- SEC Search & Call Conference Profile Team document
- UCC History, Polity, and Theology Certificate of Completion
- UCC History, Polity, and Theology Assignment:
The roots of my faith, growing up in the Church of Christ, influence and nurture UCC identity for me. One of the things I most appreciate about the UCC, one of the reasons I stayed once I found it, is its invitation to bring my faith and baptism with me to the faith community. In the UCC, we are one in baptism, at the table, and in faith. I came to understand what it means that the UCC is a united and uniting church, where love and unity are core values. Here, God doesn’t just permit me to serve, but God desires my service. This freedom has led me to public leadership, a role forbidden to me in my earlier paradigm. It felt strange, but right. As the call to God’s service became pronounced and unmistakable, my discernment was as a member of the UCC.
There’s a saying I heard, that one never feels as Southern as when one is outside the South. I think it makes the distinction more pronounced, being out of one’s place. I am never more conscious of my Church of Christ identity as when I consider my UCC identity. As I attended a Baptist seminary (“We’re not that kind of Baptist,” is one unofficial motto.), I feel distinctly “UCC.” To help this make sense, it’s important to know what happened between my running out of PUCC in 2006 and returning to it in 2013.
Between 2006 and 2013, I dug into the life of an academic. I wrote a book and started two more. I traveled to four conferences each year. I became affiliated with the Gender & Woman’s Studies program at KSU. There, I became involved with a younger staff person, which was toxic in many ways. I began to realize my career could be destroyed by my behavior, since I was completely distracted by a relationship the likes of which I had never experienced. I looked for the slightest reason to go out drinking, and living such a life, I didn’t have to look far. My wild academic sojourn led to my beginning the long term relationship with an older celebrity academic who lived in NYC. I began flying there every two or three months. I liked this lifestyle, enjoyed the notoriety of being her girlfriend.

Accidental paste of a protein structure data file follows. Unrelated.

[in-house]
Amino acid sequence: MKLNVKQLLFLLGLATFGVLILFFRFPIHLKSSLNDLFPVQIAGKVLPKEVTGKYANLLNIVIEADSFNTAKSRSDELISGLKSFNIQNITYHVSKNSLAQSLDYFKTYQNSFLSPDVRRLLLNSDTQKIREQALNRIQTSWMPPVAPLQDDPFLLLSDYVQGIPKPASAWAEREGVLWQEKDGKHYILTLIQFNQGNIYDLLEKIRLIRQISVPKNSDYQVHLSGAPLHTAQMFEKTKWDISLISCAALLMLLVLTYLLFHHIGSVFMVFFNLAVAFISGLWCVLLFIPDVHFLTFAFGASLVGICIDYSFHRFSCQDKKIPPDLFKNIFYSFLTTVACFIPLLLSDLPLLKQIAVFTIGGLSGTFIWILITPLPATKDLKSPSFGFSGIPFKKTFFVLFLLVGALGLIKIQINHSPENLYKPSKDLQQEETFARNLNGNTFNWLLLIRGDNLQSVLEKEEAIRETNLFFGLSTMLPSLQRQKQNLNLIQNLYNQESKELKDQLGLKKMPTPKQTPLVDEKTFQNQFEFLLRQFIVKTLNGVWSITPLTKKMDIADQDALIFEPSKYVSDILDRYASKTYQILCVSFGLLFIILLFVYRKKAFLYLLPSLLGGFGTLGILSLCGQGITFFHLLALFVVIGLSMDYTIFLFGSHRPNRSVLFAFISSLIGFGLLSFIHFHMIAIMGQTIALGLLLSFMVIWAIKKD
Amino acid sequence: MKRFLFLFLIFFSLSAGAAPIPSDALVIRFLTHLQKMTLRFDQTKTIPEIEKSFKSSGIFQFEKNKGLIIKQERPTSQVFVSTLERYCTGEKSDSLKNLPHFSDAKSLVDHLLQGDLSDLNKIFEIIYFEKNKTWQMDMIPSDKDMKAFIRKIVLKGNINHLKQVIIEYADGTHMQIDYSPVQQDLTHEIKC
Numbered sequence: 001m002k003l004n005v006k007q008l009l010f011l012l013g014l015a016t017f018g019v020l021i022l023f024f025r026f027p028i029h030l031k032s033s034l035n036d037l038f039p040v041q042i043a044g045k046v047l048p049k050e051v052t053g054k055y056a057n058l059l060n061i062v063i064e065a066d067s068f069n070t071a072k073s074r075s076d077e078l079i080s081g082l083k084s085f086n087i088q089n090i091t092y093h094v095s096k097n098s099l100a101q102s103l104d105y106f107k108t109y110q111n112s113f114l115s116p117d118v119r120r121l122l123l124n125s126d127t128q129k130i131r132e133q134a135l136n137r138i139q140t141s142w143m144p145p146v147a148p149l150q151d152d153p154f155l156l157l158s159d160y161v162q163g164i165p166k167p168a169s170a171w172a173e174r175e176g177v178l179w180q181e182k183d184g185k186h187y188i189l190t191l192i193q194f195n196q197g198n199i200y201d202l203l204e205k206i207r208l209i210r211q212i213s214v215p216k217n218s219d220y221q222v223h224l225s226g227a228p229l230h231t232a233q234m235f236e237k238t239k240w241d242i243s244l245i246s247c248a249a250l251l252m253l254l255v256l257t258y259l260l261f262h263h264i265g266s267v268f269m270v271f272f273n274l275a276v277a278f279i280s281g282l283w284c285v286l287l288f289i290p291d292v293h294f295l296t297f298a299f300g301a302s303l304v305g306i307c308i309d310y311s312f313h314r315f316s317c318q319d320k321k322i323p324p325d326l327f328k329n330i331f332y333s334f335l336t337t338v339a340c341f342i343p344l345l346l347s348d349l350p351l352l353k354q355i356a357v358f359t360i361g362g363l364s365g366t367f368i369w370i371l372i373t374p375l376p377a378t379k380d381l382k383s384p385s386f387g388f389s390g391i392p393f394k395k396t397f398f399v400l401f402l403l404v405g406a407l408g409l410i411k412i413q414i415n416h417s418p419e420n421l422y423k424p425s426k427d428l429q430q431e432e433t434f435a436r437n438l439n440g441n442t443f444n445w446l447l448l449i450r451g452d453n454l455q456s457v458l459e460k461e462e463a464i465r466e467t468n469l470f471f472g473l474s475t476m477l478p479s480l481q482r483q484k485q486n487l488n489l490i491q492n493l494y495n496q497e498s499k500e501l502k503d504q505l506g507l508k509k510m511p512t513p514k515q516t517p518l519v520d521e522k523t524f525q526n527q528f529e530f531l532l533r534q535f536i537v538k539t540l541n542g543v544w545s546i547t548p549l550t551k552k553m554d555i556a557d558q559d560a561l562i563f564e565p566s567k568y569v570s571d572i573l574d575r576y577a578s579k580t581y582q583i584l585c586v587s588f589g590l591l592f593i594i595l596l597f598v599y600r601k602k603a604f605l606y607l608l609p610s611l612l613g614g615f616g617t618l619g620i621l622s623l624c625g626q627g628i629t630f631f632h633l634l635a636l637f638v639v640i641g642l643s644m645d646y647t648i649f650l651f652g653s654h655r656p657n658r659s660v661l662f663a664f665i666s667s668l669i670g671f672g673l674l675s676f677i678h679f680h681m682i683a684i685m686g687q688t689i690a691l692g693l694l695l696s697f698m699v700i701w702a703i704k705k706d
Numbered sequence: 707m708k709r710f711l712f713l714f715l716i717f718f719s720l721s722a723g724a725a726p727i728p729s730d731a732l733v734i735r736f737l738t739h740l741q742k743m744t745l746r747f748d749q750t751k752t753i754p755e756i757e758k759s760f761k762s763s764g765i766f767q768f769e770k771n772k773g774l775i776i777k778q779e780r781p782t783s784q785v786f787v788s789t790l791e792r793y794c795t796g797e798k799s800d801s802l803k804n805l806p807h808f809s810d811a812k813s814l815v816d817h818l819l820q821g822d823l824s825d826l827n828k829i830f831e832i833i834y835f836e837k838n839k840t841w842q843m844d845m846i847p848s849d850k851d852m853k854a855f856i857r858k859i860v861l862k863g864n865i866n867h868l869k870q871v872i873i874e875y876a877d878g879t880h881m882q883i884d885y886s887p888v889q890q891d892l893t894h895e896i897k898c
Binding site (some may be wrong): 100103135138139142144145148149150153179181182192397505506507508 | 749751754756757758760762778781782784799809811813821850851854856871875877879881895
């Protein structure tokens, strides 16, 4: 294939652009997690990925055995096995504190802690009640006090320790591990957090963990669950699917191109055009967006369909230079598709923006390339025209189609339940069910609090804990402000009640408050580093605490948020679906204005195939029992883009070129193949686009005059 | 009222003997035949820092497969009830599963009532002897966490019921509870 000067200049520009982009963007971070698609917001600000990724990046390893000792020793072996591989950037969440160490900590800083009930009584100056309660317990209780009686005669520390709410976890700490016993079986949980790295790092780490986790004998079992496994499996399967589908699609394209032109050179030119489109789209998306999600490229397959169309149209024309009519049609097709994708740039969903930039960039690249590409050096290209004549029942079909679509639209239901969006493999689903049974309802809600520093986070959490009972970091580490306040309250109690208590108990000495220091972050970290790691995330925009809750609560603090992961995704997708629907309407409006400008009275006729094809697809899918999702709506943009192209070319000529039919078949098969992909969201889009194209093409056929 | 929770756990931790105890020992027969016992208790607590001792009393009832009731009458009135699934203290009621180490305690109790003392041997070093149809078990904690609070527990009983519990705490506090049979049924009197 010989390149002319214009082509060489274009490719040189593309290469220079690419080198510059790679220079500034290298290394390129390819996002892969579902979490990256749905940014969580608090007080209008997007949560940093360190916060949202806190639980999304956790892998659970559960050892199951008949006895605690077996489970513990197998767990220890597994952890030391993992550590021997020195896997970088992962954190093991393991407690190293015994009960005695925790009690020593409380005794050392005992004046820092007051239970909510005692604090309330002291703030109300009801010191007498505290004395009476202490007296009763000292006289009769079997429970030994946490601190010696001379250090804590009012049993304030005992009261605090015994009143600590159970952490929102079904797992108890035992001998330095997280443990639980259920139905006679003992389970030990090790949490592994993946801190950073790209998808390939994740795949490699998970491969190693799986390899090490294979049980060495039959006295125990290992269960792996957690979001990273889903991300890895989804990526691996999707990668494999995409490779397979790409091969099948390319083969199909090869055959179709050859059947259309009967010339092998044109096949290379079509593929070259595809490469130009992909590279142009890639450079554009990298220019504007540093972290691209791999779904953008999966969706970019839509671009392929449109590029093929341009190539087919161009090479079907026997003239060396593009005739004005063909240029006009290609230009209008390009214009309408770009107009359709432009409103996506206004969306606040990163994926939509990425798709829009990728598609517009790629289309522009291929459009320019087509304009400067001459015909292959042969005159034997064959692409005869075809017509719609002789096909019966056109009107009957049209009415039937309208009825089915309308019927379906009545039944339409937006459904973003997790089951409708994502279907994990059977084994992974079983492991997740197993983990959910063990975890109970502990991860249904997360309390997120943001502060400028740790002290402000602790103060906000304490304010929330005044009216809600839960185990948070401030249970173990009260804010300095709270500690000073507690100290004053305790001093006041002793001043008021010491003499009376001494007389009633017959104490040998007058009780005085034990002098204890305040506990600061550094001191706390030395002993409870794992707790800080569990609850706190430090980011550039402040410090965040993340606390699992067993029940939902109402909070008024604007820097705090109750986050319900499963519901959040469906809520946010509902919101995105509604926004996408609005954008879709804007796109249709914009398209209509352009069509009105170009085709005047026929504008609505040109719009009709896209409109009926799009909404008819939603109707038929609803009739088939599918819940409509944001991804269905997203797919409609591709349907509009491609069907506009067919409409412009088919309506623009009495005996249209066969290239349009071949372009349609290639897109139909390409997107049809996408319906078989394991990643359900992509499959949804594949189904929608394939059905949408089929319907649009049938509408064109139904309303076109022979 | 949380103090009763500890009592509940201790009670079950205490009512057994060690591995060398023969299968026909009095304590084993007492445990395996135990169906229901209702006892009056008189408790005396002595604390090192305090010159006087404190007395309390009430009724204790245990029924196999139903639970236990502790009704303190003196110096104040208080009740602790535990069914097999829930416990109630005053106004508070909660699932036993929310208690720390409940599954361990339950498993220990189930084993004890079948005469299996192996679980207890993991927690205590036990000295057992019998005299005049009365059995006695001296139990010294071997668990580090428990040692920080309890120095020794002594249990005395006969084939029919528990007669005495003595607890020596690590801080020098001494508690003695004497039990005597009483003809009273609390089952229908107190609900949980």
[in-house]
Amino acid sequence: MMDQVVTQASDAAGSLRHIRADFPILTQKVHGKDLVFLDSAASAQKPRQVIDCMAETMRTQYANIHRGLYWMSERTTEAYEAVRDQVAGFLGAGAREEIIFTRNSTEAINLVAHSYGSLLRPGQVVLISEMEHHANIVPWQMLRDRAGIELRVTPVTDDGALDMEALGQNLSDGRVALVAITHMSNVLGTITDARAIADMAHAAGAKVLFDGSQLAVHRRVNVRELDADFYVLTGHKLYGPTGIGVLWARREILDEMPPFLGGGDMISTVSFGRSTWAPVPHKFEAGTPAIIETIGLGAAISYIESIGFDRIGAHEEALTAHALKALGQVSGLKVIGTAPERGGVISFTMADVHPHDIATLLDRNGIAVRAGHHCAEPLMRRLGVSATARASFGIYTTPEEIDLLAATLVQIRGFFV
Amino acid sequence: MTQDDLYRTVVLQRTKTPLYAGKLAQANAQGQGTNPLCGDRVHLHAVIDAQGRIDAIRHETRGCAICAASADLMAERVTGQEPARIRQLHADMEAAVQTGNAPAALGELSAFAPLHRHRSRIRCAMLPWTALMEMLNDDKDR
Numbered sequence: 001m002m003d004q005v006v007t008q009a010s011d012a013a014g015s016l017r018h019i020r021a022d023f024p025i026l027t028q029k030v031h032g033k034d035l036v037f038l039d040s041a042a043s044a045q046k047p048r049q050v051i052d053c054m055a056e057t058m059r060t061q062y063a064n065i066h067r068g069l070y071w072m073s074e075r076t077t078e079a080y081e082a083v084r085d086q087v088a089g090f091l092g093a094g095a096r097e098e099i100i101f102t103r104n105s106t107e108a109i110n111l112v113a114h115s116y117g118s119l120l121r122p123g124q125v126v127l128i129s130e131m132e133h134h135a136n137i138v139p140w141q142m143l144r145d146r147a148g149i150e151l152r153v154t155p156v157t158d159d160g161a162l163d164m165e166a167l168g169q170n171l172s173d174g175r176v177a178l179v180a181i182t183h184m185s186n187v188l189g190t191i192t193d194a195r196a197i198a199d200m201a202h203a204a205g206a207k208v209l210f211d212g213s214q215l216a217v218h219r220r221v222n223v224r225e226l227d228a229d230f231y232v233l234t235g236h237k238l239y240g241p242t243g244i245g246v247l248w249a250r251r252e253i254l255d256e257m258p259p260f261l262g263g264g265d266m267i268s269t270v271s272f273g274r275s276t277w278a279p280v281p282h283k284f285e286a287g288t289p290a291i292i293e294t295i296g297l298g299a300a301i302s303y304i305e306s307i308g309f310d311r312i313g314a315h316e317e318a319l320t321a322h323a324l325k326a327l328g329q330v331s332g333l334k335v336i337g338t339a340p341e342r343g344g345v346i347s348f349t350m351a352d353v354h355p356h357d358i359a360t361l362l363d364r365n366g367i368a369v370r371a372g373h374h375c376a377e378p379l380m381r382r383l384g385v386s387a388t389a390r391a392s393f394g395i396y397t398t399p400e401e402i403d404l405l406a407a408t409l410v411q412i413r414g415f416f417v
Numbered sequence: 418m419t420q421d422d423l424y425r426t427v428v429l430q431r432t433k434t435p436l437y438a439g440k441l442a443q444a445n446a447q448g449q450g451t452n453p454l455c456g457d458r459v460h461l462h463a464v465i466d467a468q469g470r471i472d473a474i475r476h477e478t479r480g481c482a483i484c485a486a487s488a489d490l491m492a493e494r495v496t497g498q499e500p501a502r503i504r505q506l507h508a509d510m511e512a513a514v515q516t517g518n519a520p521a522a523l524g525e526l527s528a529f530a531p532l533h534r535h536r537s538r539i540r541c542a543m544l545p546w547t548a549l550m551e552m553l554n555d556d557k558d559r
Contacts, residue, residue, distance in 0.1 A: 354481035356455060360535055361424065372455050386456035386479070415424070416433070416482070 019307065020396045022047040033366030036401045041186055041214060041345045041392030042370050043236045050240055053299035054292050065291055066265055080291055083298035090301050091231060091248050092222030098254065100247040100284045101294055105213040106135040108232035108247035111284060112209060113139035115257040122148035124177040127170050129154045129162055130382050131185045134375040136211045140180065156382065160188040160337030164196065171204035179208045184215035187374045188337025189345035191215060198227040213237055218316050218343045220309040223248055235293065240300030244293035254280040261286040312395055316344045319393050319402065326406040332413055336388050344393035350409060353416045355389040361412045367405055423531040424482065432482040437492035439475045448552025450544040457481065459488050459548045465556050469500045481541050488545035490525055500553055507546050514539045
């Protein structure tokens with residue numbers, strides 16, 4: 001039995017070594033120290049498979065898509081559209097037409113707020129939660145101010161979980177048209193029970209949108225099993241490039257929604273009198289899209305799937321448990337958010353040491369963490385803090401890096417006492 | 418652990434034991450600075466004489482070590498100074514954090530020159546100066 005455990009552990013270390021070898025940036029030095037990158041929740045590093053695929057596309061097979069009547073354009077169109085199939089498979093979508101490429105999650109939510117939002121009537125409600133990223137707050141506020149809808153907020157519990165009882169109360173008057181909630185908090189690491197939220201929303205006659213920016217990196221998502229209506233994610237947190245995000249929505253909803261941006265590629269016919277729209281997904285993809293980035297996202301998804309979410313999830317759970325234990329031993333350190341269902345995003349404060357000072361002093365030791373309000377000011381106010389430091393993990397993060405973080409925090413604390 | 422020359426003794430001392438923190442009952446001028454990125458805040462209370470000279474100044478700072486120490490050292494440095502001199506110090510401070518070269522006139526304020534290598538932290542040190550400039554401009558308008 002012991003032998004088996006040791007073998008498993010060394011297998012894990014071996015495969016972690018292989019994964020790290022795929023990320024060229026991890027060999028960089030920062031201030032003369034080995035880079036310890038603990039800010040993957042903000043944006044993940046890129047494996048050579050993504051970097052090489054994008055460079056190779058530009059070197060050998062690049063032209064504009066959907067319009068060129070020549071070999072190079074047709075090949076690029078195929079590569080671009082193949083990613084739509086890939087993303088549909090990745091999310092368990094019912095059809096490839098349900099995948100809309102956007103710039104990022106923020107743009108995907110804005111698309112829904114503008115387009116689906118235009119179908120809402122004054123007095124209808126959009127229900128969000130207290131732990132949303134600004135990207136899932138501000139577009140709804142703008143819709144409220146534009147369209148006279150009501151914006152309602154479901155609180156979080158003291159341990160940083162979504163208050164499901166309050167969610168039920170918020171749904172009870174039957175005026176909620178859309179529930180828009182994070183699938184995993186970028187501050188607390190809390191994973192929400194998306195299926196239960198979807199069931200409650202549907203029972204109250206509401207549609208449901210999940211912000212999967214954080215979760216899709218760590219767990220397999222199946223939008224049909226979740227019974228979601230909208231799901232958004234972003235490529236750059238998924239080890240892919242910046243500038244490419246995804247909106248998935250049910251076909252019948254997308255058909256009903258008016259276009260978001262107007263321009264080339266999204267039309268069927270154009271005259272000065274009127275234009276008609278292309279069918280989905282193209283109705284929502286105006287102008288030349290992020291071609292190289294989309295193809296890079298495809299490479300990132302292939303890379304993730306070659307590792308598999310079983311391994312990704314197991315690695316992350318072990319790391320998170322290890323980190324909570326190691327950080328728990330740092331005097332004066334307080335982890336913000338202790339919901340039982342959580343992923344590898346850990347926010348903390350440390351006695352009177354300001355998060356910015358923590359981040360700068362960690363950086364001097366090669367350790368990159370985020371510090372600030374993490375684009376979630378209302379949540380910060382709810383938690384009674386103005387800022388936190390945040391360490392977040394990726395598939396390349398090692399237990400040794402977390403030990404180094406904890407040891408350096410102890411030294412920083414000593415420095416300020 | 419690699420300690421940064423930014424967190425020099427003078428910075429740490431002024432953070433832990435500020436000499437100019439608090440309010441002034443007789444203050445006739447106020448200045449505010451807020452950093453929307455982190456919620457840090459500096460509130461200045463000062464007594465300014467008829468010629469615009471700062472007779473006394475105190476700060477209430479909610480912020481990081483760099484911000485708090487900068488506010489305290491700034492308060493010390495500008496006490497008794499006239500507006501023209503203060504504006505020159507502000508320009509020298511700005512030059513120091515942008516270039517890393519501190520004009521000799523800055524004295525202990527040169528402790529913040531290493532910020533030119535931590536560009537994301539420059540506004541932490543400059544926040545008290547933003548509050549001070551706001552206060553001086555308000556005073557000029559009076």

By 2013, the relationship began showing its ill-fit, and we had both begun to see other, more conveniently located people on the side. You have heard of rock bottom? I had an affair with a former stripper and professional mistress. She ended it when she moved to Las Vegas to be a groupie to a lounge act. I saw her off as far as Graceland. I know. You can’t make this stuff up—even in theology. Flashes of Augustine here. I include all this so that my call experience and developing UCC identity makes sense. Around this time, I decided to write a book about LGBT families who identified as Southern. My student assistant asked me whether I wanted to interview people at his church, where there were several LGBT members. I knew which church he was talking about. “You will want to talk to our pastor. Her name is Kim,” he said. I wondered if she remember my getaway those years ago (Turns out, she did.). I pause here to state all of this was a turning from “my raising.” I was not faithful to who and whose I was.